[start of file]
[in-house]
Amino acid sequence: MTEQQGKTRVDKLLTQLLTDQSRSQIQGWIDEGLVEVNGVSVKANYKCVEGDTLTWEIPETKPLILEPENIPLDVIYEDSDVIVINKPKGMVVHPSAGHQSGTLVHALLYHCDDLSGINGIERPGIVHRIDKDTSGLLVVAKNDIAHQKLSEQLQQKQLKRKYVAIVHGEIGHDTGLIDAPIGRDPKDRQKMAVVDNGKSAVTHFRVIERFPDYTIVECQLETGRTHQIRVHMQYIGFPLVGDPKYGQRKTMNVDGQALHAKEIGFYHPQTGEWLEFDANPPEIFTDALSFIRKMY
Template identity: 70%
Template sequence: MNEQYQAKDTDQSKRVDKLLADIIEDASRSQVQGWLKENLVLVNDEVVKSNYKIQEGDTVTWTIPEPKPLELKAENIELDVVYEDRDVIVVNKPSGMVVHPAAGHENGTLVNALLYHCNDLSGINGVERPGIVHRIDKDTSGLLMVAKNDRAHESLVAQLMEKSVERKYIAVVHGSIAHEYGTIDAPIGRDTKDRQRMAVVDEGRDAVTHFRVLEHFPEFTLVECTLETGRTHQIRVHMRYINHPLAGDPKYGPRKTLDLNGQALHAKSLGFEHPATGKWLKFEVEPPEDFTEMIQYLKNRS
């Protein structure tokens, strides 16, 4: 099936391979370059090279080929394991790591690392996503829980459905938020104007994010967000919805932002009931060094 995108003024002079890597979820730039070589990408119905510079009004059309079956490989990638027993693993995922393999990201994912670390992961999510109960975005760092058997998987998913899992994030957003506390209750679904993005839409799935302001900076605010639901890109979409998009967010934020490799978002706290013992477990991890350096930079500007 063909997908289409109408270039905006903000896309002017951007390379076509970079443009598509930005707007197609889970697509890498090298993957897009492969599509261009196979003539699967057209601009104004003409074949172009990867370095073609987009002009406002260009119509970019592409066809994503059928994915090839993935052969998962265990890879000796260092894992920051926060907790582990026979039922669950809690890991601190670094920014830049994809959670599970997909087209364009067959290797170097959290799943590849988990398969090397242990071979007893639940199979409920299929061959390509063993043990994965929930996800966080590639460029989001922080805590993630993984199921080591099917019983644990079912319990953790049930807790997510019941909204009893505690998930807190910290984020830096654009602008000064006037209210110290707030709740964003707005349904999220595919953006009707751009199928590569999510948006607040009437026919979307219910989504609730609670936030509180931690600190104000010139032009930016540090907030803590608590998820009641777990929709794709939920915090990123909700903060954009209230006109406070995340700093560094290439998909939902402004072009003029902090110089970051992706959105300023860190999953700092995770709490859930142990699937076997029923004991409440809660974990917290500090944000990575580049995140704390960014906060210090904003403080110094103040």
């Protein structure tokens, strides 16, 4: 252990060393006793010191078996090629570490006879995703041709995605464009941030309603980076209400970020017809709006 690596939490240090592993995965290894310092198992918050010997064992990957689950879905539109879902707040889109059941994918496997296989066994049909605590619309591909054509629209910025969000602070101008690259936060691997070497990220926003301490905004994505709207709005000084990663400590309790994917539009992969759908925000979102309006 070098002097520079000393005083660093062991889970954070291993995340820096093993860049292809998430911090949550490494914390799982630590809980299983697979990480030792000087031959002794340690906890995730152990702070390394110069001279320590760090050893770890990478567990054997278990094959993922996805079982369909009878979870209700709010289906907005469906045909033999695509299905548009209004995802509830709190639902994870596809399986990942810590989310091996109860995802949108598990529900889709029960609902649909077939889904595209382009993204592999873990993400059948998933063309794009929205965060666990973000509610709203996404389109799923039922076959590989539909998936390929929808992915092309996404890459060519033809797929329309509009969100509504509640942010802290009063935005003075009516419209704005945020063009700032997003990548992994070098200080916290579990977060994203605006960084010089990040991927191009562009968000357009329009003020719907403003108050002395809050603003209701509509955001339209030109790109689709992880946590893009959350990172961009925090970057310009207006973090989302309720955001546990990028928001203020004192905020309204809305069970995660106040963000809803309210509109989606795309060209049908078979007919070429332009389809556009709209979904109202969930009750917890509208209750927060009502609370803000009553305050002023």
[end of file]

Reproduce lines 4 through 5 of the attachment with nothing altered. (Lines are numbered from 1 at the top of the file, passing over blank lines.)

Template sequence: MNEQYQAKDTDQSKRVDKLLADIIEDASRSQVQGWLKENLVLVNDEVVKSNYKIQEGDTVTWTIPEPKPLELKAENIELDVVYEDRDVIVVNKPSGMVVHPAAGHENGTLVNALLYHCNDLSGINGVERPGIVHRIDKDTSGLLMVAKNDRAHESLVAQLMEKSVERKYIAVVHGSIAHEYGTIDAPIGRDTKDRQRMAVVDEGRDAVTHFRVLEHFPEFTLVECTLETGRTHQIRVHMRYINHPLAGDPKYGPRKTLDLNGQALHAKSLGFEHPATGKWLKFEVEPPEDFTEMIQYLKNRS
């Protein structure tokens, strides 16, 4: 099936391979370059090279080929394991790591690392996503829980459905938020104007994010967000919805932002009931060094 995108003024002079890597979820730039070589990408119905510079009004059309079956490989990638027993693993995922393999990201994912670390992961999510109960975005760092058997998987998913899992994030957003506390209750679904993005839409799935302001900076605010639901890109979409998009967010934020490799978002706290013992477990991890350096930079500007 063909997908289409109408270039905006903000896309002017951007390379076509970079443009598509930005707007197609889970697509890498090298993957897009492969599509261009196979003539699967057209601009104004003409074949172009990867370095073609987009002009406002260009119509970019592409066809994503059928994915090839993935052969998962265990890879000796260092894992920051926060907790582990026979039922669950809690890991601190670094920014830049994809959670599970997909087209364009067959290797170097959290799943590849988990398969090397242990071979007893639940199979409920299929061959390509063993043990994965929930996800966080590639460029989001922080805590993630993984199921080591099917019983644990079912319990953790049930807790997510019941909204009893505690998930807190910290984020830096654009602008000064006037209210110290707030709740964003707005349904999220595919953006009707751009199928590569999510948006607040009437026919979307219910989504609730609670936030509180931690600190104000010139032009930016540090907030803590608590998820009641777990929709794709939920915090990123909700903060954009209230006109406070995340700093560094290439998909939902402004072009003029902090110089970051992706959105300023860190999953700092995770709490859930142990699937076997029923004991409440809660974990917290500090944000990575580049995140704390960014906060210090904003403080110094103040």